Without court-ordered desegregation, many school districts have struggled to find strategies to maintain racial balance and diversity. Many parents now choose the neighborhood school for their children rather than sending them long distances away, even for a program that might be considered high quality—like magnet schools. Districts are finding that many parents of all ethnic groups no longer view racial balance as a top priority in educating their children. In Nashville, public school officials are finding it a challenge to balance school improvement plans with a desire for racial diversity.
Segregation Shifts Series
In August, 1956, twelve students in Clinton, Tennessee made history by becoming the first to African-Americans to attend a state-supported high school in the south. The students became known as the “Clinton 12.” As the Southern Education Desk is running a series this week on the re-segregation of southern schools (“Segregation Shift: The New Faces of an Old Problem”), we thought you might like to see this piece of unique history through the ‘eyes of the time’ in this 1956 documentary from the legendary team of Edward R. Murrow and Fred Friendly at CBS-TV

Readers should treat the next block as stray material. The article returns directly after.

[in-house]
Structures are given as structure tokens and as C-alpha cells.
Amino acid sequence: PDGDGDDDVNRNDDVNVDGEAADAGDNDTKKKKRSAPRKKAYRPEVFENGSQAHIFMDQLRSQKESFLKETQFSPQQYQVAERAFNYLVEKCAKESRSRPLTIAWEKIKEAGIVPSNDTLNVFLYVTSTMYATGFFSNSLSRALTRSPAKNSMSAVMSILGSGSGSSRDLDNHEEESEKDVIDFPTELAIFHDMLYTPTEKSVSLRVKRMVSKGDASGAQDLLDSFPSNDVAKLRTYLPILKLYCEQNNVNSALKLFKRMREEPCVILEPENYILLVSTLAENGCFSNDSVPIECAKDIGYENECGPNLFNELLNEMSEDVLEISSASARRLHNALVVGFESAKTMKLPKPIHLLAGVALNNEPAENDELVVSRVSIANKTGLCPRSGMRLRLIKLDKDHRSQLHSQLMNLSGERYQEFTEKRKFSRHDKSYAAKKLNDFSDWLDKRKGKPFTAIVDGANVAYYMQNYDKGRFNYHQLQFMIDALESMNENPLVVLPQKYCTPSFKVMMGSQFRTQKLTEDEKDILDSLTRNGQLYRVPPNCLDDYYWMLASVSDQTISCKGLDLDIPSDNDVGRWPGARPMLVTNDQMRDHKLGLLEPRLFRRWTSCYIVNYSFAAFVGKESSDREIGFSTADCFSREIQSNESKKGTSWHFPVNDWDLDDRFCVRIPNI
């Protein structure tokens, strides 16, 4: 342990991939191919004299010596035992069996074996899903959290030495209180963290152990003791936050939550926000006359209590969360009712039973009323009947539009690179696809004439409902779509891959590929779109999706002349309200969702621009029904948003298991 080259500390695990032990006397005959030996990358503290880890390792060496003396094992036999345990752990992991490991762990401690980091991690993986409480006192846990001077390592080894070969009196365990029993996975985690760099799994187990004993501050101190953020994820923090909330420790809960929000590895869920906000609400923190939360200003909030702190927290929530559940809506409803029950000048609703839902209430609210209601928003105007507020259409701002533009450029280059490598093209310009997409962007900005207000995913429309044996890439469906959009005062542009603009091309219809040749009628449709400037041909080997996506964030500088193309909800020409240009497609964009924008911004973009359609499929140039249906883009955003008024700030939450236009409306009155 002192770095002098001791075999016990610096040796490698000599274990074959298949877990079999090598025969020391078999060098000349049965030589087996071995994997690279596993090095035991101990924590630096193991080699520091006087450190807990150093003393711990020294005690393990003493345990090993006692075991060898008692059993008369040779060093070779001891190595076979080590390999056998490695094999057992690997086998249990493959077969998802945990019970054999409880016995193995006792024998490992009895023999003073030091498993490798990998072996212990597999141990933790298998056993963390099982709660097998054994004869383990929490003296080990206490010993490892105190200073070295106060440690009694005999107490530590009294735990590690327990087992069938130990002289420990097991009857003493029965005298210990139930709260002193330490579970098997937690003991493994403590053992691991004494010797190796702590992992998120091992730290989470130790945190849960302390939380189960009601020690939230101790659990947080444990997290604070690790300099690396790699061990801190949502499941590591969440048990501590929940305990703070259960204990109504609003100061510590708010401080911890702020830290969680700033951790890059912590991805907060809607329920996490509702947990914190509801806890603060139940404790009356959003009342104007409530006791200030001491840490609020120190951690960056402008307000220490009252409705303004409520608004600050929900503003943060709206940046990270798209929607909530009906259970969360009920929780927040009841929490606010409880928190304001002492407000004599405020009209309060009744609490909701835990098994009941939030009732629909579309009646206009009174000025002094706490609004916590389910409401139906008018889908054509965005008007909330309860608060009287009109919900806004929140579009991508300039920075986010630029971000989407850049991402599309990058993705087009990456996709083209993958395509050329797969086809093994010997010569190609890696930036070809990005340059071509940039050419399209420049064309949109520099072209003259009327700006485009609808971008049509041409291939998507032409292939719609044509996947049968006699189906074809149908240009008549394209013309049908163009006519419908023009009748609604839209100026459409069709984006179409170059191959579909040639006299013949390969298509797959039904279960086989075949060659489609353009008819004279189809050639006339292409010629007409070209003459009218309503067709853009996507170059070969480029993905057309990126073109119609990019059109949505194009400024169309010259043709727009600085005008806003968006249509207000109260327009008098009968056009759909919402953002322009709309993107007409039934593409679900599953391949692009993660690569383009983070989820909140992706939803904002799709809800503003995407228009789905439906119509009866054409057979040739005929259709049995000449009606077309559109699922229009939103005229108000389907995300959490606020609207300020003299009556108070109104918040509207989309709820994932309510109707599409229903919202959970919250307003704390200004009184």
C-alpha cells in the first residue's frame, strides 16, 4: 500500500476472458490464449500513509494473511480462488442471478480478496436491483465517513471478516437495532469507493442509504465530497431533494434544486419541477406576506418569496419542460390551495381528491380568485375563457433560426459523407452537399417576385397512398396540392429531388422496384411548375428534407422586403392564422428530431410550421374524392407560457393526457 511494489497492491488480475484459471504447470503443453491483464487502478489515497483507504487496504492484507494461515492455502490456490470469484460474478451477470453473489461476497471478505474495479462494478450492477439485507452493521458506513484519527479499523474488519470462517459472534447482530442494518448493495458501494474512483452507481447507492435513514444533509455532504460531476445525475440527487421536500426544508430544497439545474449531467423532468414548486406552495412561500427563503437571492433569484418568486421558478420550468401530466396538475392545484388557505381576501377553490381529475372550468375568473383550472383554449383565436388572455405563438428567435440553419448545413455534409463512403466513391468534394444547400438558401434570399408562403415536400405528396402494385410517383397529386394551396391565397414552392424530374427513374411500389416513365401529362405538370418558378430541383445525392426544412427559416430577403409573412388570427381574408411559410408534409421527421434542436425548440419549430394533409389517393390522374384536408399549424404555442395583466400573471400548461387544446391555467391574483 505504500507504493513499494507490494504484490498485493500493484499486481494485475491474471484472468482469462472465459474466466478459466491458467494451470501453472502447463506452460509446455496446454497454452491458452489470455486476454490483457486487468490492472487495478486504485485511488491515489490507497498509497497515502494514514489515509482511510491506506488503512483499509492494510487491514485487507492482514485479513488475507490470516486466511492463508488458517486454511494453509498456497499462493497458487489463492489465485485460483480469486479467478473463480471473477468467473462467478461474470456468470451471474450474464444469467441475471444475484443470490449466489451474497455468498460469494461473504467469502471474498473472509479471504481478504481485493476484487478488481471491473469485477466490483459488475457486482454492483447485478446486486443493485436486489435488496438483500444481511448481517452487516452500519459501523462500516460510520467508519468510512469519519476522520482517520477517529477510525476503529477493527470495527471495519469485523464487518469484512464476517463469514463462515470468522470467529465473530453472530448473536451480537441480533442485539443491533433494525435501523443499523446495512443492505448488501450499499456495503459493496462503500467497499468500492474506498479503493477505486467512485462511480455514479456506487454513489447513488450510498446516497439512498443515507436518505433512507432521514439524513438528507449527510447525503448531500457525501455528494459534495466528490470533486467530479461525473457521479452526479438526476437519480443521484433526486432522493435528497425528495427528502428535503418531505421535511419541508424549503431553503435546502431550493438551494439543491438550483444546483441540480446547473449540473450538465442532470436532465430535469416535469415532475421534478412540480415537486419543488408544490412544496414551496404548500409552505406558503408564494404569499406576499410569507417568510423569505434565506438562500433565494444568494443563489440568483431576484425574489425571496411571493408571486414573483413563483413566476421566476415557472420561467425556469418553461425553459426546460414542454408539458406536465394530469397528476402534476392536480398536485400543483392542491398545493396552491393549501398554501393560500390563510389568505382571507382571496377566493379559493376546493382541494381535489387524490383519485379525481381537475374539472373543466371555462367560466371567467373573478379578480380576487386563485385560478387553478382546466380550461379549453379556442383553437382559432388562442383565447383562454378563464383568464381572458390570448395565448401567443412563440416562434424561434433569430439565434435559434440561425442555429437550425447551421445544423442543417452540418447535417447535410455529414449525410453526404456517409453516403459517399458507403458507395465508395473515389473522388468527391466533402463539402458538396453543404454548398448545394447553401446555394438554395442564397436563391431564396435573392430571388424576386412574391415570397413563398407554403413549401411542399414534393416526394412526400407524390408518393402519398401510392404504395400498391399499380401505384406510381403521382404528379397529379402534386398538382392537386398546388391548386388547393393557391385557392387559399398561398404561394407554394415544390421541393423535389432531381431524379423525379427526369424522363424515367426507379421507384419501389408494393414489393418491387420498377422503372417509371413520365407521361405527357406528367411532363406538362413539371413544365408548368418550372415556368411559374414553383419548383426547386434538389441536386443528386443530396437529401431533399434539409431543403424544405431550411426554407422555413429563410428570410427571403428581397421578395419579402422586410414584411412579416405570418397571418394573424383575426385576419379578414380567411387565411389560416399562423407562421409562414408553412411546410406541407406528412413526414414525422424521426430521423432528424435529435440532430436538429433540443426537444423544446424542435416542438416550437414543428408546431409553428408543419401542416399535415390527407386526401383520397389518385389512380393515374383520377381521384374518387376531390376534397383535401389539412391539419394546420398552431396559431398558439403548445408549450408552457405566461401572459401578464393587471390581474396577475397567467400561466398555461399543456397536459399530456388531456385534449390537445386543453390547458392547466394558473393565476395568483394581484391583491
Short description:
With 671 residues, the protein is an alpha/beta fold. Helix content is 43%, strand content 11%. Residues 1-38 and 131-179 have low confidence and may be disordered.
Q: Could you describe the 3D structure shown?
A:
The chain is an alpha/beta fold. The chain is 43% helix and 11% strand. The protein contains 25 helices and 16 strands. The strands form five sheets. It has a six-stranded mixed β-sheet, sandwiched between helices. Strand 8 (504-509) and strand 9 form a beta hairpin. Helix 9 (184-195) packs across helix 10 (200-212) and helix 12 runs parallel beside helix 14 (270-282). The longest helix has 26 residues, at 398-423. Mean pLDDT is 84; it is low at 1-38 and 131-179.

Since the 1970s, federal court orders have governed how many Southern communities integrated their public schools. But new research shows, as those orders have been lifted, school districts are gradually re-segregating. But why?
Segregation in schools can be closely linked to neighborhoods, and neighborhoods can be segregated based on both racial and economic boundaries. Margery Turner, Vice President for Program Planning and Management at the Urban Institute, a non-profit policy analysis group based in Washington, D.C., explains some of the trends and reasons behind the divide.
In the second installment of our series “Segregation Shifts,” the SED’s Alabama reporter Dan Carsen goes back in time to examine a strategy whites once used to sidestep public school integration, one that still shapes communities today — so-called “segregation academies”:
“When people start talking about things that have happened in civil rights, they talk about Little Rock and other areas and for some unknown reason they have not spoken about Clinton.” – Bobby Cain